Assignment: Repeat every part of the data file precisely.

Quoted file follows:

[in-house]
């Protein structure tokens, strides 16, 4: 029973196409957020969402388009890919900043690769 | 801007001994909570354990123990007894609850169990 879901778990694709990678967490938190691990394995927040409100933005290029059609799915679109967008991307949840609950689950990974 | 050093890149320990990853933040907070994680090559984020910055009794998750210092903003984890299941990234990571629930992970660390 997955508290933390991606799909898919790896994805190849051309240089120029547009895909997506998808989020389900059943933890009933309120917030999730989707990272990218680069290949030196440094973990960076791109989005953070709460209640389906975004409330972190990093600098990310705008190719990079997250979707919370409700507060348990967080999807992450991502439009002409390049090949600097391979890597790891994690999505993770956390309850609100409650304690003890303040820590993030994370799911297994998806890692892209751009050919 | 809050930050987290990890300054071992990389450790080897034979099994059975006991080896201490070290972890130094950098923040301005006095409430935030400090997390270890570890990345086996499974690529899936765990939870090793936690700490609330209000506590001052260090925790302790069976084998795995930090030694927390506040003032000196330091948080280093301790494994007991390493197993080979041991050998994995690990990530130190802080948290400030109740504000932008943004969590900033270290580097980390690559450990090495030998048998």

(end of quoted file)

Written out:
[in-house]
């Protein structure tokens, strides 16, 4: 029973196409957020969402388009890919900043690769 | 801007001994909570354990123990007894609850169990 879901778990694709990678967490938190691990394995927040409100933005290029059609799915679109967008991307949840609950689950990974 | 050093890149320990990853933040907070994680090559984020910055009794998750210092903003984890299941990234990571629930992970660390 997955508290933390991606799909898919790896994805190849051309240089120029547009895909997506998808989020389900059943933890009933309120917030999730989707990272990218680069290949030196440094973990960076791109989005953070709460209640389906975004409330972190990093600098990310705008190719990079997250979707919370409700507060348990967080999807992450991502439009002409390049090949600097391979890597790891994690999505993770956390309850609100409650304690003890303040820590993030994370799911297994998806890692892209751009050919 | 809050930050987290990890300054071992990389450790080897034979099994059975006991080896201490070290972890130094950098923040301005006095409430935030400090997390270890570890990345086996499974690529899936765990939870090793936690700490609330209000506590001052260090925790302790069976084998795995930090030694927390506040003032000196330091948080280093301790494994007991390493197993080979041991050998994995690990990530130190802080948290400030109740504000932008943004969590900033270290580097980390690559450990090495030998048998």